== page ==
Read: James 1:19-27
If anyone thinks he is religious and does not bridle his tongue but deceives his heart, this person’s religion is worthless. (v. 26)
Anxiety is a physical and emotional response to danger or uncertainty. It can be a disease. Unfortunately, it’s also something we often stir up for each other through our words. The way we make daily conversation can have a heavier moral and psychological impact on other people than we may like to admit.
As an anxious person, I have to watch how I talk to others, and how I let others talk to me. In today’s society, many of us are almost hobbyists of negativity—we believe and pass on every rumor about our workplace enemies, least favorite relatives, or political opponents. Whole TV channels are devoted to stoking phantom fears of other people. I can’t entirely avoid this stuff, but I don’t have to swim in it. If I do, my body lets me know: I’ll be panicky and angry and not even know why. If we are going to be “doers of the word, and not hearers only” (v. 22), we must be more conscious of the ways we produce stress and fear in others through what we say and how we say it.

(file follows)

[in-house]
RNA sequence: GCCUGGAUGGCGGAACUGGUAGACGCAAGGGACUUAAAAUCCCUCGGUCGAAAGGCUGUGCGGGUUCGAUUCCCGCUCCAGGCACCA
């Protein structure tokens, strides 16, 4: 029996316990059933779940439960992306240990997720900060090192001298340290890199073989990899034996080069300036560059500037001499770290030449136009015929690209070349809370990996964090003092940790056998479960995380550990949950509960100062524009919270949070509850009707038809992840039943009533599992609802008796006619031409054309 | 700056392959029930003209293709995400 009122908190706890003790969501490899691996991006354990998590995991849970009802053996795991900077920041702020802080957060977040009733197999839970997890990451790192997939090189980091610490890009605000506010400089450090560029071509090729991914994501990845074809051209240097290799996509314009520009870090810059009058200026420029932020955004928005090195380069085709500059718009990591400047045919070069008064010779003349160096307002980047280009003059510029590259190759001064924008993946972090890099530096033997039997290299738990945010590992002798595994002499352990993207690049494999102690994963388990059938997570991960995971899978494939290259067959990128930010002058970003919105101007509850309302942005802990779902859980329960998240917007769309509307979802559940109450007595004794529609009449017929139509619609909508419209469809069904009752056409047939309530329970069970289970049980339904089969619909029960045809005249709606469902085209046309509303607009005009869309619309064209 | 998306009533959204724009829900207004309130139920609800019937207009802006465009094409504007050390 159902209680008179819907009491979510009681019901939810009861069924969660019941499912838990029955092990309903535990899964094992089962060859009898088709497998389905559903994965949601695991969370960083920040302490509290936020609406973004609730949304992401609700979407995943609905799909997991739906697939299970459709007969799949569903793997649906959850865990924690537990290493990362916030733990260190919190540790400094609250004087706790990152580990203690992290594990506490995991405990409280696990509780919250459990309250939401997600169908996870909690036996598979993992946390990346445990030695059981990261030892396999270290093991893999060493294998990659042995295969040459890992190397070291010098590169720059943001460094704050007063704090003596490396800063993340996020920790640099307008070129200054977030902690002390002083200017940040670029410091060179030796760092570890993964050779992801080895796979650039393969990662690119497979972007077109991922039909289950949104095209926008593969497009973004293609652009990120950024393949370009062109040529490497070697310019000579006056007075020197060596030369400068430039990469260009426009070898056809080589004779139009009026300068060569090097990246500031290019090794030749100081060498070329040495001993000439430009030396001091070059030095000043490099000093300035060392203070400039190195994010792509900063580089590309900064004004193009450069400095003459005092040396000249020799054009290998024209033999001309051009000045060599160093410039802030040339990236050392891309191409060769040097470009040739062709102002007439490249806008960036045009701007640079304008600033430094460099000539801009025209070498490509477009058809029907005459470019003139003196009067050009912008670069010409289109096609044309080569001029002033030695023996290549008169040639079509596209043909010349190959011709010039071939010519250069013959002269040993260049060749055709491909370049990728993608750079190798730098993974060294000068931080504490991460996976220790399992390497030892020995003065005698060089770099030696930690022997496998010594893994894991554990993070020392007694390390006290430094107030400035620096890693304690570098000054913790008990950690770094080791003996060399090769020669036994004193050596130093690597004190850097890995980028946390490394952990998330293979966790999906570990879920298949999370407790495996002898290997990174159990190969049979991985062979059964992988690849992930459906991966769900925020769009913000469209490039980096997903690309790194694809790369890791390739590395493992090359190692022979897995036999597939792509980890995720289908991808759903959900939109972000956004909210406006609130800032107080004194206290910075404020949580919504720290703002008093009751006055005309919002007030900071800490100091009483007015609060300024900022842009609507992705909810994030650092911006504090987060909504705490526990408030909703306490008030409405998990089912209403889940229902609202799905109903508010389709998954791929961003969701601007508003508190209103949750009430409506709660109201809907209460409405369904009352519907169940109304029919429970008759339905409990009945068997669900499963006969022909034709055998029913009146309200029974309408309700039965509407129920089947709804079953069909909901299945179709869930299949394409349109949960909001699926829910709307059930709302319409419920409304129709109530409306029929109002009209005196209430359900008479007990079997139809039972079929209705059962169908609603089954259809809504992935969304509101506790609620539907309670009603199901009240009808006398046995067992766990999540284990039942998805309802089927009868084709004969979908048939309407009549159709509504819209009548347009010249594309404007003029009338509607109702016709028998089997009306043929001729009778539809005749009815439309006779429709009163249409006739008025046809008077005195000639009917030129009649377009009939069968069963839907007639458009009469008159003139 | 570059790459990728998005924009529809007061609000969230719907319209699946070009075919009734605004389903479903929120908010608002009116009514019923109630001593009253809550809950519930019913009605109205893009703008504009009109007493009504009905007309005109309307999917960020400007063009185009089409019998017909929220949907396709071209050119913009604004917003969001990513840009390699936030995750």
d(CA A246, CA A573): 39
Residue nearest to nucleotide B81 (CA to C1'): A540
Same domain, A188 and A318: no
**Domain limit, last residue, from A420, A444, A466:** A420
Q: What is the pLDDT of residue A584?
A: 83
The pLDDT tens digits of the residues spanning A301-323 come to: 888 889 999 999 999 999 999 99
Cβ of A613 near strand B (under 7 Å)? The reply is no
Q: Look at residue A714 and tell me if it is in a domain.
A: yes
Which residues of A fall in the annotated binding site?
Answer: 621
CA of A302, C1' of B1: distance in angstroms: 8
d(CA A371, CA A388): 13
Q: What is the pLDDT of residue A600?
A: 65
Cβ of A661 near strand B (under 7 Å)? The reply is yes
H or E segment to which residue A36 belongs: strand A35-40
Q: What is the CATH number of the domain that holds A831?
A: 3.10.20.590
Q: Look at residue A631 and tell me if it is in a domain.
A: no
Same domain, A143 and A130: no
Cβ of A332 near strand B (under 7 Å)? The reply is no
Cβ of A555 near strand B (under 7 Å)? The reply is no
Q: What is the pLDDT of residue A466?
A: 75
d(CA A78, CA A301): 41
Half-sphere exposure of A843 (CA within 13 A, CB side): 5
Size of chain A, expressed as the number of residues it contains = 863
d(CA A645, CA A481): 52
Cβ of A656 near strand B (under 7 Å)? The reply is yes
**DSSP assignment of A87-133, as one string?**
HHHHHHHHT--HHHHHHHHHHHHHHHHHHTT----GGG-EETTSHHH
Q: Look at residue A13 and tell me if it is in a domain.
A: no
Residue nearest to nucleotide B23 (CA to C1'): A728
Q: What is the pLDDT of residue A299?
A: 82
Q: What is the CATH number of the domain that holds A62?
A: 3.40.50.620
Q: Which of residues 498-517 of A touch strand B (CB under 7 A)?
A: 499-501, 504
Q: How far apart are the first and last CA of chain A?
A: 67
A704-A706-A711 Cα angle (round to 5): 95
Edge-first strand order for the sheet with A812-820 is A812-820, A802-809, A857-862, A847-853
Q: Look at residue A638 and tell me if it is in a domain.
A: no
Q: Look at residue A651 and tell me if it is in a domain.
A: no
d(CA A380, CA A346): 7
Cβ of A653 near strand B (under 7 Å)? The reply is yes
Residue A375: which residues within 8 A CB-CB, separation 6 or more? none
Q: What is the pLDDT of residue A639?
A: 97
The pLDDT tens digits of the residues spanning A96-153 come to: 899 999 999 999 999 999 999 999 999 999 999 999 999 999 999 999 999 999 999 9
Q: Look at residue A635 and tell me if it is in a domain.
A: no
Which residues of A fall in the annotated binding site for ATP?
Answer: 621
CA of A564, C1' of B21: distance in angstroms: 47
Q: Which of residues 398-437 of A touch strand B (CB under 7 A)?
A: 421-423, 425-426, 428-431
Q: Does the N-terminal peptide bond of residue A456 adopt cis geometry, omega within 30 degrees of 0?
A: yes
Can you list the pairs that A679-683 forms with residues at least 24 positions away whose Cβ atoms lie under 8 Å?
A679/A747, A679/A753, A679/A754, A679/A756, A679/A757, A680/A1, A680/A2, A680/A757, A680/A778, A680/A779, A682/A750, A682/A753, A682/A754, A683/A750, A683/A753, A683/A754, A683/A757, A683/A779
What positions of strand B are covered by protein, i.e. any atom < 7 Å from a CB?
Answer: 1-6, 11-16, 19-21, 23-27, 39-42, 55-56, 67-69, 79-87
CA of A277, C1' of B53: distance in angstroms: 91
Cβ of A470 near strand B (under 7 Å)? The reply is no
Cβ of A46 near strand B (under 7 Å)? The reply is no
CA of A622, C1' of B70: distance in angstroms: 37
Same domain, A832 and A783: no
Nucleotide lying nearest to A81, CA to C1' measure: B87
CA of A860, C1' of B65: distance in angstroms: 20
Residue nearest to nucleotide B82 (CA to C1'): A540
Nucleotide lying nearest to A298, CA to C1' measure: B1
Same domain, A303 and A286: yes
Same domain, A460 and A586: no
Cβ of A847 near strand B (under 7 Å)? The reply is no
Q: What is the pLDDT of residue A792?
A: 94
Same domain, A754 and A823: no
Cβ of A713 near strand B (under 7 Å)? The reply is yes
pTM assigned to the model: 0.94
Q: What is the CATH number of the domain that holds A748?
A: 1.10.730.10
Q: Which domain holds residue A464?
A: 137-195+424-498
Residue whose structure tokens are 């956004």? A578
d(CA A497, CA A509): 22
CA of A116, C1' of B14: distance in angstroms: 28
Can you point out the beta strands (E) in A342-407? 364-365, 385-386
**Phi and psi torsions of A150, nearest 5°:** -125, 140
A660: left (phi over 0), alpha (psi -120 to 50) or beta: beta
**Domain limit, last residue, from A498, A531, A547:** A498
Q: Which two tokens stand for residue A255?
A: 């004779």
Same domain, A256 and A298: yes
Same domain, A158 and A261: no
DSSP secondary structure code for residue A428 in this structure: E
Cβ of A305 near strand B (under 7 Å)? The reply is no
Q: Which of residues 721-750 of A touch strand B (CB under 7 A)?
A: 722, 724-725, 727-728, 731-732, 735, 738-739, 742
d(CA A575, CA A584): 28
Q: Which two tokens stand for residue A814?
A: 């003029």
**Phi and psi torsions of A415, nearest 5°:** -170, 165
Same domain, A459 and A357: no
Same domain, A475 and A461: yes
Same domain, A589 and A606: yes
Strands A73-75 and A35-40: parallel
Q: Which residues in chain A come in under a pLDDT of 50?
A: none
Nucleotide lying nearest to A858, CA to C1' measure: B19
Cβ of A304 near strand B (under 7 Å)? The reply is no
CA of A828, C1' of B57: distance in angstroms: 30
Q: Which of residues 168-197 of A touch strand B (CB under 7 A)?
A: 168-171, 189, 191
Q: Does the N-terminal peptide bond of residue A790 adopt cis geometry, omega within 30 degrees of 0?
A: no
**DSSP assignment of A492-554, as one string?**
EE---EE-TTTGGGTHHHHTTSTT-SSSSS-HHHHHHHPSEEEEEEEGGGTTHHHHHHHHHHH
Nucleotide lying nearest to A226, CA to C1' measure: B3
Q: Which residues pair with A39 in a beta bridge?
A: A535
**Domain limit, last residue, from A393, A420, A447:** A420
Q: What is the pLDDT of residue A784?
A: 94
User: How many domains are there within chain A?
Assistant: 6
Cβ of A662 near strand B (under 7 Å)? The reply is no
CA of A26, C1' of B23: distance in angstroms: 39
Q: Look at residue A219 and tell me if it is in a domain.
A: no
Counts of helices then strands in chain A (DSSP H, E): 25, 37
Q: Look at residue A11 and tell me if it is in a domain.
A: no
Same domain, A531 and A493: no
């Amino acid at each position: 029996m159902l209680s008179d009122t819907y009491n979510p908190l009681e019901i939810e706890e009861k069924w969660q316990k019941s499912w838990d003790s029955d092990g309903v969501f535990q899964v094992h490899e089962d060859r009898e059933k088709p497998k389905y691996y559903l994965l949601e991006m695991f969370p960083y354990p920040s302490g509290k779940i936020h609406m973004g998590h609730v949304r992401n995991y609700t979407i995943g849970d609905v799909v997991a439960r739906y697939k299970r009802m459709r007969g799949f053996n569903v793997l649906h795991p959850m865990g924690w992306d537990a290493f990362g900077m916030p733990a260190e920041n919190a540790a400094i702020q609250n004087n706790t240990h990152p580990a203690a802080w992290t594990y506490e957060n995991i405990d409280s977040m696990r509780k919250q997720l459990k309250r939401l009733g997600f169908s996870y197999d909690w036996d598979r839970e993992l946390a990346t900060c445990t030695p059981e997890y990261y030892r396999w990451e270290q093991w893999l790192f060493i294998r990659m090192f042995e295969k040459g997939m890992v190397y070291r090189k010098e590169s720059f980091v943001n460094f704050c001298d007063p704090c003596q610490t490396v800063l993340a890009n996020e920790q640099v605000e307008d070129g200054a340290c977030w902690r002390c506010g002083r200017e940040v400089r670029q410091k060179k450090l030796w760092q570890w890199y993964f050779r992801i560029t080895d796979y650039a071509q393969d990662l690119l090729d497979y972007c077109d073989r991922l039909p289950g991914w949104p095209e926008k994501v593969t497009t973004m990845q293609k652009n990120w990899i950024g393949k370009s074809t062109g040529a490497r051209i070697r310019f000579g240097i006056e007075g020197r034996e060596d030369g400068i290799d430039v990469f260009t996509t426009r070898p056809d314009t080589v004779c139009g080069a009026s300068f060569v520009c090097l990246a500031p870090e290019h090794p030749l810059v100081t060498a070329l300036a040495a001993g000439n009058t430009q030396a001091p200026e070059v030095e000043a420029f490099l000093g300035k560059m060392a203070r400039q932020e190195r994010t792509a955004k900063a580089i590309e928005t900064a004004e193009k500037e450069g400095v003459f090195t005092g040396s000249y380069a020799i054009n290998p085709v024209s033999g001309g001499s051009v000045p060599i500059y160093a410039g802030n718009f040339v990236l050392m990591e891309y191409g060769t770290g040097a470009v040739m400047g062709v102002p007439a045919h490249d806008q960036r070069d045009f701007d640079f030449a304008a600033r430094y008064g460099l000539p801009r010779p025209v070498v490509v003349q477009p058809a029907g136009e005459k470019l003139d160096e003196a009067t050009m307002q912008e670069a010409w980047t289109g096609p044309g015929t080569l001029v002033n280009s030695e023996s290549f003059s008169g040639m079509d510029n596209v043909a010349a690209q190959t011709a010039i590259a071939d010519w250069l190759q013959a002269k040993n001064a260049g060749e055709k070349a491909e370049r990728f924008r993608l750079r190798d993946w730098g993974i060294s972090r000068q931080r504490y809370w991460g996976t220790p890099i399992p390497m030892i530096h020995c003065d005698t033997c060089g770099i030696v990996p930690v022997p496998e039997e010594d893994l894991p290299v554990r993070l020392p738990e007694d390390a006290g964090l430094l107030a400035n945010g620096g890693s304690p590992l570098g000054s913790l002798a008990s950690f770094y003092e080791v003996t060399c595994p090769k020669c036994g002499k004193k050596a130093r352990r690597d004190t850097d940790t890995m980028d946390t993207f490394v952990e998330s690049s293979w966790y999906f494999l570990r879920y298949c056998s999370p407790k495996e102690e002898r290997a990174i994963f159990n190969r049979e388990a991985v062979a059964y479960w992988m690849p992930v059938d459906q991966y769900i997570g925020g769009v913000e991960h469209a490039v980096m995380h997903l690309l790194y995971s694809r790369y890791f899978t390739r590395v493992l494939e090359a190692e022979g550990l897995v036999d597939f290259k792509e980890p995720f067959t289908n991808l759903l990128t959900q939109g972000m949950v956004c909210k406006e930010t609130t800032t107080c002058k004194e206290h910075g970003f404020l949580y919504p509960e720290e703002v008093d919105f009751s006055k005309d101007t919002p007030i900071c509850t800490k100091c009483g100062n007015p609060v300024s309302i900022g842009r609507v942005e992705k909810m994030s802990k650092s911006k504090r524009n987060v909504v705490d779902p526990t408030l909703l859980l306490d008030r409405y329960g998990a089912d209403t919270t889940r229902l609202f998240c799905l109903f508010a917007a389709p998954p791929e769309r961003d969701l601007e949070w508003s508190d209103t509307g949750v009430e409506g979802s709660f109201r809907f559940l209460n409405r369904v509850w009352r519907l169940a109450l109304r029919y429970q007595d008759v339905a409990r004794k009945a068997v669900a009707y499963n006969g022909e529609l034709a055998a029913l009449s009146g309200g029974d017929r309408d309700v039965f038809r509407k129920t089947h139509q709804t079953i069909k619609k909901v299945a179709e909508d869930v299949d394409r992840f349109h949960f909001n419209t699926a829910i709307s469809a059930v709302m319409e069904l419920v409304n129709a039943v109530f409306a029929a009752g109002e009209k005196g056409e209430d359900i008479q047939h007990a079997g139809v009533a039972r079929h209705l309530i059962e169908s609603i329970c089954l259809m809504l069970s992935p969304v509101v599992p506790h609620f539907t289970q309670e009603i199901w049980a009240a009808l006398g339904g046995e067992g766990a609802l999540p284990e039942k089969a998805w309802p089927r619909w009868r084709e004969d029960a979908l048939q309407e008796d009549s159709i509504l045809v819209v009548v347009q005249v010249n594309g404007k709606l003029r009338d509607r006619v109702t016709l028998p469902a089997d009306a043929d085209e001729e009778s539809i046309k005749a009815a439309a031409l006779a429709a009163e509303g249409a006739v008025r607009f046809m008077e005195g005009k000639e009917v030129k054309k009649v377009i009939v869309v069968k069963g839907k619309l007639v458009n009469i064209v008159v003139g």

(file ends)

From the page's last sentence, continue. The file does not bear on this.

The apostle James tells us, in essence, to be . . . nice. To watch what we say. But this is because James understands the human mind and heart. To love one’s neighbor well requires that we think before we speak, lest our words generate nightmares of fear and anxiety. —Phil Christman
As you pray, ask God to help you care for others through your words and actions.